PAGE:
A qualitative and quantitative analysis of the acoustical effect of cryogenic freezing on brass trumpets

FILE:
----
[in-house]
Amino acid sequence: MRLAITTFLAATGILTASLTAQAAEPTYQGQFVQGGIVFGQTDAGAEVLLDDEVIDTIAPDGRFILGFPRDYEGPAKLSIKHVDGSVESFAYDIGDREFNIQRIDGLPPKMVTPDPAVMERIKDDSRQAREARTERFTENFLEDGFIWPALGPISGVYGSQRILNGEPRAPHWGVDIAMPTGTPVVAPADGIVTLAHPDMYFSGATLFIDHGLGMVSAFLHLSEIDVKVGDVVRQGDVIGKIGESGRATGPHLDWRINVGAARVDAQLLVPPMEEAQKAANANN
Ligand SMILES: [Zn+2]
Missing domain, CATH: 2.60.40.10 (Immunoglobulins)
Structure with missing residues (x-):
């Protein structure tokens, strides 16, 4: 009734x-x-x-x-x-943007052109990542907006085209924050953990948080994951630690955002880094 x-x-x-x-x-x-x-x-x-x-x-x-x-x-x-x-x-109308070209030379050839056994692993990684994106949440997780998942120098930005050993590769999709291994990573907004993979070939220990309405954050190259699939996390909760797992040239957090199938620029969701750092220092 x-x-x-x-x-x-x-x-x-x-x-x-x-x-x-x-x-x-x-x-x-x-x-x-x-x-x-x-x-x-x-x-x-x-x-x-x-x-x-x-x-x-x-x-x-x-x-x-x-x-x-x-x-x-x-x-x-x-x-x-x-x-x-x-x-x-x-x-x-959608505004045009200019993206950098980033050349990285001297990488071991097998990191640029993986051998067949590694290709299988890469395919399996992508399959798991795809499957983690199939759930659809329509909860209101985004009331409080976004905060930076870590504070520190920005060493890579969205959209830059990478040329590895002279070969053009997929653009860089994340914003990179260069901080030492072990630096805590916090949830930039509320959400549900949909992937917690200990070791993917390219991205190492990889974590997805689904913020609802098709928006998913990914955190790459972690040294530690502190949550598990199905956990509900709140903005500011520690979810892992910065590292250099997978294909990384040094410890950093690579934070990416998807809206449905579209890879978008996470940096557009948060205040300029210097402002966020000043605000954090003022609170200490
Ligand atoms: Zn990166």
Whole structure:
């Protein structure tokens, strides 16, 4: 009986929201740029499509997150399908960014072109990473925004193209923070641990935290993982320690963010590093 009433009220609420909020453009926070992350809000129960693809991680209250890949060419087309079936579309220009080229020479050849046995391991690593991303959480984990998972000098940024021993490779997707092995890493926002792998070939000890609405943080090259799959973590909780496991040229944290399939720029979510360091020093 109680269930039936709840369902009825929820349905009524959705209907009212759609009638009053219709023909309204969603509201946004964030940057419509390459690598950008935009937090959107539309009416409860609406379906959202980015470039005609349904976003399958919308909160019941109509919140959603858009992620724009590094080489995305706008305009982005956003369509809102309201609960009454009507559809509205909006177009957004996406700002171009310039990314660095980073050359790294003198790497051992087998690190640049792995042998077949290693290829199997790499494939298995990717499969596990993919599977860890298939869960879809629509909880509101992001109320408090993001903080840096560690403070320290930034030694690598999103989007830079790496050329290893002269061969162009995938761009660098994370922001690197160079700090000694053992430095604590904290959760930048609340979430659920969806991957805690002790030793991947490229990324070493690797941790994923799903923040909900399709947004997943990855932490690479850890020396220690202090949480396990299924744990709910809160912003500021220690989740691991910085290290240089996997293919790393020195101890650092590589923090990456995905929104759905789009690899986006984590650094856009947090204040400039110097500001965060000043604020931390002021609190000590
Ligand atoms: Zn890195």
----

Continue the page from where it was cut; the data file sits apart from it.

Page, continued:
The purpose of this study was to determine whether deep-cryogenic freezing produces a change in the timbre or playing characteristics of brass trumpets. The experimental procedure consisted of two parts: quantitative analysis and qualitative analysis. For qualitative analysis a panel of four professional trumpet players evaluated five trumpets: four were frozen and re-evaluated, and one served as the experimental control. Analysis of the harmonic spectra of tones from each instrument provided quantitative data. Since previous studies requiring the analysis of musical instrument tones have suffered from a high degree of variation among tones played by human performers, I constructed a mechanical device that could play tones on the test instruments with greater consistency than is possible with live performers.The changes observed in the qualitative and quantitative analyses are very small, and possibly contradictory. The test panel rated all of the instruments higher after they had been frozen, and any actual improvement in the playing characteristics is suspect because the control instrument received the second highest improvement of the five instruments in the study. In the quantitative analysis, I observed some slight changes in the amplitudes of some of the harmonics in the spectral graphs, but I also observed slight variations in some of the harmonics of the control instrument. Inconsistencies in the performance of the electronic equipment used in the study could account for some of the variation. The instrument that showed the most statistically significant improvements was rated significantly higher in intonation after cryogenic processing, but I was unable to measure any frequency changes in the tones the mechanical embouchure played on the test instruments.Although one may not actually be able to measure differences reported in the qualitative analysis, it is not possible to rule out any acoustical change from cryogenic freezing. In fact, in the quantitative measurements, three of the instruments showed changes greater (some positive and some negative) than the "experimental error" seen in the control instrument's measurements. Additionally, one member of the test panel is convinced that cryogenic freezing has improved his instrument significantly, but the other three trumpeters are ambivalent.